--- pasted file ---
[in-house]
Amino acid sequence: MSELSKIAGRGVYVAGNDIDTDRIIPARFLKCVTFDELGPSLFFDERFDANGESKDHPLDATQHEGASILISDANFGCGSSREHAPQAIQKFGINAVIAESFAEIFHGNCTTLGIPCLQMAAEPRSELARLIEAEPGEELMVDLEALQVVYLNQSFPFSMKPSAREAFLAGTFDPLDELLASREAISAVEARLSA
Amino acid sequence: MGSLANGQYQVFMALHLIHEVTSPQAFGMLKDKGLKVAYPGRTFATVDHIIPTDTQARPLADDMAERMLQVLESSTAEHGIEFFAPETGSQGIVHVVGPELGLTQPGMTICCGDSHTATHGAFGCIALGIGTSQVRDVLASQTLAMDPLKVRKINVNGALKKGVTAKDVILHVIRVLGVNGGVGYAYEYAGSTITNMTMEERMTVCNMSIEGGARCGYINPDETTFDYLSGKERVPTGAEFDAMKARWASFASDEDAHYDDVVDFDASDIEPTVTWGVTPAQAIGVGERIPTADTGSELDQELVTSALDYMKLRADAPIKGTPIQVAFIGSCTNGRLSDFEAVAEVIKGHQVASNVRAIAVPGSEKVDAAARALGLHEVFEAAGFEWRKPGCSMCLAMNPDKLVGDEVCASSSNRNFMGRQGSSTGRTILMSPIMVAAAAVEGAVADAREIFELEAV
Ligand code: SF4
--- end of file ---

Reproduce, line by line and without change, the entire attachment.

[in-house]
Amino acid sequence: MSELSKIAGRGVYVAGNDIDTDRIIPARFLKCVTFDELGPSLFFDERFDANGESKDHPLDATQHEGASILISDANFGCGSSREHAPQAIQKFGINAVIAESFAEIFHGNCTTLGIPCLQMAAEPRSELARLIEAEPGEELMVDLEALQVVYLNQSFPFSMKPSAREAFLAGTFDPLDELLASREAISAVEARLSA
Amino acid sequence: MGSLANGQYQVFMALHLIHEVTSPQAFGMLKDKGLKVAYPGRTFATVDHIIPTDTQARPLADDMAERMLQVLESSTAEHGIEFFAPETGSQGIVHVVGPELGLTQPGMTICCGDSHTATHGAFGCIALGIGTSQVRDVLASQTLAMDPLKVRKINVNGALKKGVTAKDVILHVIRVLGVNGGVGYAYEYAGSTITNMTMEERMTVCNMSIEGGARCGYINPDETTFDYLSGKERVPTGAEFDAMKARWASFASDEDAHYDDVVDFDASDIEPTVTWGVTPAQAIGVGERIPTADTGSELDQELVTSALDYMKLRADAPIKGTPIQVAFIGSCTNGRLSDFEAVAEVIKGHQVASNVRAIAVPGSEKVDAAARALGLHEVFEAAGFEWRKPGCSMCLAMNPDKLVGDEVCASSSNRNFMGRQGSSTGRTILMSPIMVAAAAVEGAVADAREIFELEAV
Ligand code: SF4